Thank you for the info and support! I should mention that i was given it mainly for the anxiety i was having after going to detox for alcohol. Drinking off and on for 3 months but, pretty hard. Now the tremors and eye moment just make the anxiety worse. There weird thing is, around the time I'm supposed to take my afternoon dose , I do feel my least anxious. I should definitely

      Report Reply
    • Posted

      There are a few people who feel less anxiety (or more numb/sedated) but on my CVS bottle, it actually warns of "fear" being a side effect. Many people get anxiety or even panic attacks from the drug. What it can help (?) it can also cause. Remember, this drug directly works with the brain and the nerves, which affect the Central Nervous System. There are people who have few side effects of the drug or problems getting off, but as those of use who get problems have it really negatively impact us, I'd always err on the side of caution. I think that over 40% of us have problems. The medical community is slowly becoming aware, but the UK is WAY ahead of the USA.

      Also know that using it with other drugs or alcohol can cause an increase in problems. Some doctors keep throwing another drug at the patient such as Xanax or Cymbalta, which makes it worse, as now the brain is really struggling and the patient has to carefully taper (we don't say wean). So please consider avoiding any additional substance that can alter you, it can make your symptoms much worse, I mean legal or illegal substances.

      Report Reply
    • Posted

      Thanks Yabatan,

      I'm in several groups for the drug, do a lot of research and by sheer chance have met and written to doctors who have done research on similar drugs and on shingles/PHN. I've also worked as a medical secretary for over 30 years so I picked up a little understanding of the health field through that. The internet has a lot of garbage but there are many accurate and helpful support groups out there. I've learned so much from them. So I try and pay it forward. I was familiar with Neurontin as an epilepsy or pain (?!) drug, but only slightly. When I got shingles, which as many know, is excruciating, I trusted my doctor. Now, almost 3 years later, the drug, even tho I'm at a greatly reduced dosage, has a terrible impact on my life. I want others to avoid the worst problems.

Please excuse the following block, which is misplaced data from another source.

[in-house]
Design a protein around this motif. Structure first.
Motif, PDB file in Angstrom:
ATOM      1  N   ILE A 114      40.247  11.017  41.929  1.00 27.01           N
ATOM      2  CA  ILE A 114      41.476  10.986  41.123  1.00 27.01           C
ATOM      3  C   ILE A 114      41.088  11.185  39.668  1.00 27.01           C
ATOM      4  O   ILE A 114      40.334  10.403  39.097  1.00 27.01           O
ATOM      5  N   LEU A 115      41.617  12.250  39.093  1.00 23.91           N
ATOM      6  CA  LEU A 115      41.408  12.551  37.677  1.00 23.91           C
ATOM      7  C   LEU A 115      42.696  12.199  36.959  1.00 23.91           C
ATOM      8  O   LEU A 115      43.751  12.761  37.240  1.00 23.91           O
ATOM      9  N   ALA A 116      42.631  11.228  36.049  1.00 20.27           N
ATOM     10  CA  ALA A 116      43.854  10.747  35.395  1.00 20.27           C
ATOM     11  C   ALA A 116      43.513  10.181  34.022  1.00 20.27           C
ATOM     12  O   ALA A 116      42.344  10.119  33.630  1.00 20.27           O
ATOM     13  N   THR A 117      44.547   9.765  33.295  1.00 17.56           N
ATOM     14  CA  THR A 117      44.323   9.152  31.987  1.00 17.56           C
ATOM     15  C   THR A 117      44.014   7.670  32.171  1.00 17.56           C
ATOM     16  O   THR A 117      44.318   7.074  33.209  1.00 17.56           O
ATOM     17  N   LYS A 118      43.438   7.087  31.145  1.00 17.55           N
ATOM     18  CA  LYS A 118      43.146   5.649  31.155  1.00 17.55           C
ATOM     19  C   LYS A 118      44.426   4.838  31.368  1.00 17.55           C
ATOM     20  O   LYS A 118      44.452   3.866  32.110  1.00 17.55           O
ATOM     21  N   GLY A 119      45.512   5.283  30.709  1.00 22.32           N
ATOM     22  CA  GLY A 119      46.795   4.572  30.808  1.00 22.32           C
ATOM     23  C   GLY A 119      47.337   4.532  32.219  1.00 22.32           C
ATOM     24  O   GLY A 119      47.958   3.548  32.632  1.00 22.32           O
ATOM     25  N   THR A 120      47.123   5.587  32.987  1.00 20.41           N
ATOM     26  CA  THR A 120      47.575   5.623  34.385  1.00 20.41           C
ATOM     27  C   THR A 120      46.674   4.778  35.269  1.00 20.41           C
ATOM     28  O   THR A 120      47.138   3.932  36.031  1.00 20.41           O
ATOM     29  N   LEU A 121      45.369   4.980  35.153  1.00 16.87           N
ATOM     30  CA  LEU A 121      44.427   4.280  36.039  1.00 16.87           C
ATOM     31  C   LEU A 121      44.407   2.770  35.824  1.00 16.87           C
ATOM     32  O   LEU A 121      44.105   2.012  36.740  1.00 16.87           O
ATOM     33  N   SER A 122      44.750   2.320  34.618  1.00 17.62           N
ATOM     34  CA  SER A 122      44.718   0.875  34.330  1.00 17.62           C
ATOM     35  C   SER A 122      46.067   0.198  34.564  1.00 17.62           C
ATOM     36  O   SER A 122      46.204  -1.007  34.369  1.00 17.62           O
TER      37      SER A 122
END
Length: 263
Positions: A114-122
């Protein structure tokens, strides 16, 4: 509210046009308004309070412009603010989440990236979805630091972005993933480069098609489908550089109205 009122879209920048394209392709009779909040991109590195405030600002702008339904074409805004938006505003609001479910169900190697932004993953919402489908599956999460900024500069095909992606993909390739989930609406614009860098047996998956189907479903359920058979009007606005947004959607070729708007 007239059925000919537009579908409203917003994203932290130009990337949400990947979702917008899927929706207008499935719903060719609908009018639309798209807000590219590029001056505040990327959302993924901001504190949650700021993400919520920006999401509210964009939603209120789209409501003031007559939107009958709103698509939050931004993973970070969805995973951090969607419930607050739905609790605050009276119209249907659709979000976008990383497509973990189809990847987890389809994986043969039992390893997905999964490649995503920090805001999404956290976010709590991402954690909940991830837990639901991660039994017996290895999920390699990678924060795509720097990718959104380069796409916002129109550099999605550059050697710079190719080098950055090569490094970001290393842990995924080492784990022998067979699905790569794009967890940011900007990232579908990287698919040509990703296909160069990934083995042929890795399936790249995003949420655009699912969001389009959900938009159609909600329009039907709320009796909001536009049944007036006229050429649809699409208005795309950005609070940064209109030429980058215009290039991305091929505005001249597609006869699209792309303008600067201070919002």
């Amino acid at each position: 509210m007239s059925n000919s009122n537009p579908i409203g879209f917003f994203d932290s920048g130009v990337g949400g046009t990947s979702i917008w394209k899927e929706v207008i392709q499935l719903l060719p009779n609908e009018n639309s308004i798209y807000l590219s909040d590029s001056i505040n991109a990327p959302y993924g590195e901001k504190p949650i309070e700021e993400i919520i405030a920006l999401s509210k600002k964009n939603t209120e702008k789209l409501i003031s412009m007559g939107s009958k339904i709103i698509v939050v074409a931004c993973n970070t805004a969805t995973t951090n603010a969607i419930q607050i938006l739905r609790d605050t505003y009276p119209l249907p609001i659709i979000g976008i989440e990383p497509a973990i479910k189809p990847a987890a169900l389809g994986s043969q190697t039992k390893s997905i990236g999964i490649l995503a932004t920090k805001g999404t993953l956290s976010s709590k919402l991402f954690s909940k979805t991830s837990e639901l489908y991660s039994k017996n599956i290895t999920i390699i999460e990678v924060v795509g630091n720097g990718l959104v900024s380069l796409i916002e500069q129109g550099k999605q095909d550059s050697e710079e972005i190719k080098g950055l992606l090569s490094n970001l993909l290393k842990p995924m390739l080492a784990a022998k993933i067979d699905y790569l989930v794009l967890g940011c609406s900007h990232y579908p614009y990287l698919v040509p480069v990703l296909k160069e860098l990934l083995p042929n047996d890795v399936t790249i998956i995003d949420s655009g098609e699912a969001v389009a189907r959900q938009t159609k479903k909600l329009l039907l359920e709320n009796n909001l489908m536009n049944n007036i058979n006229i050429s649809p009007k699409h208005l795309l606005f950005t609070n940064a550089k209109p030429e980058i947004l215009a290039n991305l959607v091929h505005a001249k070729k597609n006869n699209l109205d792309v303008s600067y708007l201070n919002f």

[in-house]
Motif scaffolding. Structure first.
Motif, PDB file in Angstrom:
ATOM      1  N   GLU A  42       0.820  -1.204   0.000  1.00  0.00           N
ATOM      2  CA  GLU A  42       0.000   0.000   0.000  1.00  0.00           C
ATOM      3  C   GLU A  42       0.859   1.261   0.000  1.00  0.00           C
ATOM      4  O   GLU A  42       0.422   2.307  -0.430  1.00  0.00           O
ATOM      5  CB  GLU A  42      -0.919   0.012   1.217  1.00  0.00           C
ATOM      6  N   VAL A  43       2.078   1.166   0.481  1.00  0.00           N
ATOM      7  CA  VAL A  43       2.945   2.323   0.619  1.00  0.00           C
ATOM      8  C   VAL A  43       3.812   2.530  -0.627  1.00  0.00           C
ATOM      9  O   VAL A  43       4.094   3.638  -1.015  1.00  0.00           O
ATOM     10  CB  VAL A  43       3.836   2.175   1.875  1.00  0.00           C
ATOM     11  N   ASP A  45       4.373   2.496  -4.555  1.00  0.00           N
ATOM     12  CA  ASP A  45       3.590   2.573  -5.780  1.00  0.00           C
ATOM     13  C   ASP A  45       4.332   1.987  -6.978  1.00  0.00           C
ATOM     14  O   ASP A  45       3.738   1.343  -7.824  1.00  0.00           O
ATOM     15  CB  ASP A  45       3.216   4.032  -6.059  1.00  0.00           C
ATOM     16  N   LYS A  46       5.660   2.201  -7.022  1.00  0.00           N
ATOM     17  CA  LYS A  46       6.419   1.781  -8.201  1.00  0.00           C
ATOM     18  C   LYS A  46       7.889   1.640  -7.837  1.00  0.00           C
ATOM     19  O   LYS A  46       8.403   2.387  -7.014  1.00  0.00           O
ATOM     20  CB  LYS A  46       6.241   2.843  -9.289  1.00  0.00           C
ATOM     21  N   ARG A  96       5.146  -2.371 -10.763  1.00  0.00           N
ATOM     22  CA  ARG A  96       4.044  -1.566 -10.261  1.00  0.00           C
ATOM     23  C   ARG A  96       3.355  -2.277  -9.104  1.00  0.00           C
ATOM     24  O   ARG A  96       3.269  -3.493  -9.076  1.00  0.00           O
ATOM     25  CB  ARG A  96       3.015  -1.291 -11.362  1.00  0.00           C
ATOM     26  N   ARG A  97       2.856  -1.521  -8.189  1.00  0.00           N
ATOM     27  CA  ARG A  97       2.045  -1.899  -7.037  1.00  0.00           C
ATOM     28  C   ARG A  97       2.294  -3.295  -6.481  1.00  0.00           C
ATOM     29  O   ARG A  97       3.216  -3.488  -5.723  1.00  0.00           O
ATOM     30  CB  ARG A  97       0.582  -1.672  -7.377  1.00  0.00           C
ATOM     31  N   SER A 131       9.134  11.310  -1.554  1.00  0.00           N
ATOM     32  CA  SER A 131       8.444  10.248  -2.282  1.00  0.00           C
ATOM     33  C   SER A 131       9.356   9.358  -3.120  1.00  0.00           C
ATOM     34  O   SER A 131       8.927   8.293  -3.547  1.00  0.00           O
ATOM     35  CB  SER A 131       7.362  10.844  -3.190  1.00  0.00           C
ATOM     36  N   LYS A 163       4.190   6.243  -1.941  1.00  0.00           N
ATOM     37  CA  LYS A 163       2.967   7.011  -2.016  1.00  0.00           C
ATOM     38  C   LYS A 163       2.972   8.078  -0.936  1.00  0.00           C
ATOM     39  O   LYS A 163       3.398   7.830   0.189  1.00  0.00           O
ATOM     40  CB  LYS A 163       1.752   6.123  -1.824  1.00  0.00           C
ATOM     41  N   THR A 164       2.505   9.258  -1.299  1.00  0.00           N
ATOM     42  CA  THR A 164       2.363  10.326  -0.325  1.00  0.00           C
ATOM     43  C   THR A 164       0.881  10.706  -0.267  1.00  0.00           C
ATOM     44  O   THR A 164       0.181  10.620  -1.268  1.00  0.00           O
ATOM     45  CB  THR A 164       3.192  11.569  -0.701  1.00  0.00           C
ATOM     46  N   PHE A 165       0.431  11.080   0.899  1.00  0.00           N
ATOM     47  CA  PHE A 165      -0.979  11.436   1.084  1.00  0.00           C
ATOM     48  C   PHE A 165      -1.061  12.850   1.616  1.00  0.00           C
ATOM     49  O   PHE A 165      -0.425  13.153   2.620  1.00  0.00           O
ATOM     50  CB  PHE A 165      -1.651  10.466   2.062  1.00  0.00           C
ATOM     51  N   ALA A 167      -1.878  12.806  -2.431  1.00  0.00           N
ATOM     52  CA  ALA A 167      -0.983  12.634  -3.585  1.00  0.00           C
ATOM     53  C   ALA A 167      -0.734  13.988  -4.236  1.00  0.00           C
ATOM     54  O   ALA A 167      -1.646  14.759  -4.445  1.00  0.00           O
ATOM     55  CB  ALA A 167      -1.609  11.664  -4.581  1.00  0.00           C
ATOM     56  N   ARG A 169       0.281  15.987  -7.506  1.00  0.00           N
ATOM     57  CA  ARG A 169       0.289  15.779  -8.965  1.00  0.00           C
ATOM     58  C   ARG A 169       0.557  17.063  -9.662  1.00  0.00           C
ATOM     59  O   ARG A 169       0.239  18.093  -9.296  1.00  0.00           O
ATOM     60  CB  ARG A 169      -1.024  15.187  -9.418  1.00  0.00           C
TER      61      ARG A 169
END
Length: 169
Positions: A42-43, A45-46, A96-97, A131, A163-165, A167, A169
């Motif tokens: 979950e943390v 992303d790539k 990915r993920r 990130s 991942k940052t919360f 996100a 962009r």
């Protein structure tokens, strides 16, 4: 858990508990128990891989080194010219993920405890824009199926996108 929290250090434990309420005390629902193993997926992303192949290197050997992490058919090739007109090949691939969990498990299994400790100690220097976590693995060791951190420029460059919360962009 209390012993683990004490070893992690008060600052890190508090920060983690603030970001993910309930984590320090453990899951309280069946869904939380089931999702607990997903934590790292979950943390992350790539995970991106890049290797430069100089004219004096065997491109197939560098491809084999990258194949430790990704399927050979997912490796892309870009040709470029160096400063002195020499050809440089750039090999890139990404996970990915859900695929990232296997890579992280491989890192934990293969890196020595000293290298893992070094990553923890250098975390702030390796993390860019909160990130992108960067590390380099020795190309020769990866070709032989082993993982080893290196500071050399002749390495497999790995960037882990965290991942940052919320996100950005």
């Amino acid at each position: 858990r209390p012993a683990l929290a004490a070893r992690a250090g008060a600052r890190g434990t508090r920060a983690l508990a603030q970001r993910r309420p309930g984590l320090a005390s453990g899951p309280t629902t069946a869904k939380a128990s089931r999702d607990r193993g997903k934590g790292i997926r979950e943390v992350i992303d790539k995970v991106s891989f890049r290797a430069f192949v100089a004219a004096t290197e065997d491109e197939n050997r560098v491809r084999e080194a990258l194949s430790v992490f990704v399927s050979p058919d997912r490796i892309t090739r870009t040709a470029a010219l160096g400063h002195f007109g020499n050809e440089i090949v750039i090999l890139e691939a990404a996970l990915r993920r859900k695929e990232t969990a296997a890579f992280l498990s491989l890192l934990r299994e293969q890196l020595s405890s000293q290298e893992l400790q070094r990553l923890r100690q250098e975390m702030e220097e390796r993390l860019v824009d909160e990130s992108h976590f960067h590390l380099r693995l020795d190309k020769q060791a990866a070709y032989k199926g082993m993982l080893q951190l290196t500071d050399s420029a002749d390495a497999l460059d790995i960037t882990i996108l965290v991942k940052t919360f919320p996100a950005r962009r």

As you've learned, the only way to deal with this drug is to VERY slowly reduce it and be patient. There are no quick fixes. You can learn about dealing with chronic pain, or I support CBT, Cognitive Behavior Therapy and counseling and/or life style changes. More meds aren't the answer. It's not easy, I'm having a very hard time myself now with the gab induced depression (one of my major withdrawal symptoms). But as I've been thru it before, I know it will get better. I just have to wait it out.

      Report Reply
    • Posted

      Yes I agree with you wholly Yabatano regarding babs99203

      I Have been on gabs for 8 years

      on 3600 mgs a day starting at5-30am and finnishing up at last thing at night before i get into bed.

      I Take them for nerve damage and a problem with my back.I Also take heart tablets and to go with the gabs i take co-codamol.

      Yes I get all the side effects that come with them, the worse one is memory loss, then theres tiredness , aching bones,having said all this they do help to stop a lot of the nerve pain. I Have tried to come off the gabs a while ago but could not cope with the cold turkey, so i guess i am stuck with them for the long term . My wife has a lot to put up with me being

      stuck on drugs for the long term.

      Good luck to people who can get off the gabs and then cope with out them, unfortunately i couldnt do it .

      Report Reply
    • Posted

      You've been through a lot John. I can understand if you tried cold turkey and the hell it causes why you'd be nervous about getting off it. If you ever wish to try, I gave the basics here. It's hard at times, I won't lie, But I am SO much better physically, emotionally and mentally than I was before. Thousands and thousands of people have also done it. Good luck.

      Report Reply
    • Posted

      Thank you for your kind reply there are people who do not have a clue what we have to go through to ease our pain .many thanks

      JOHN

      Report Reply
    • Posted

      I think the only people are those who are caught in the middle with the pain and the drugs. Our family and friends may try, but they can't understand. I will say that it wasn't only the side effects that got me off the drug. I had two other concerns. Long term use of the drug can cause several health problems and I think in my case (and a few others have had this too) the drug is actually causing me more pain.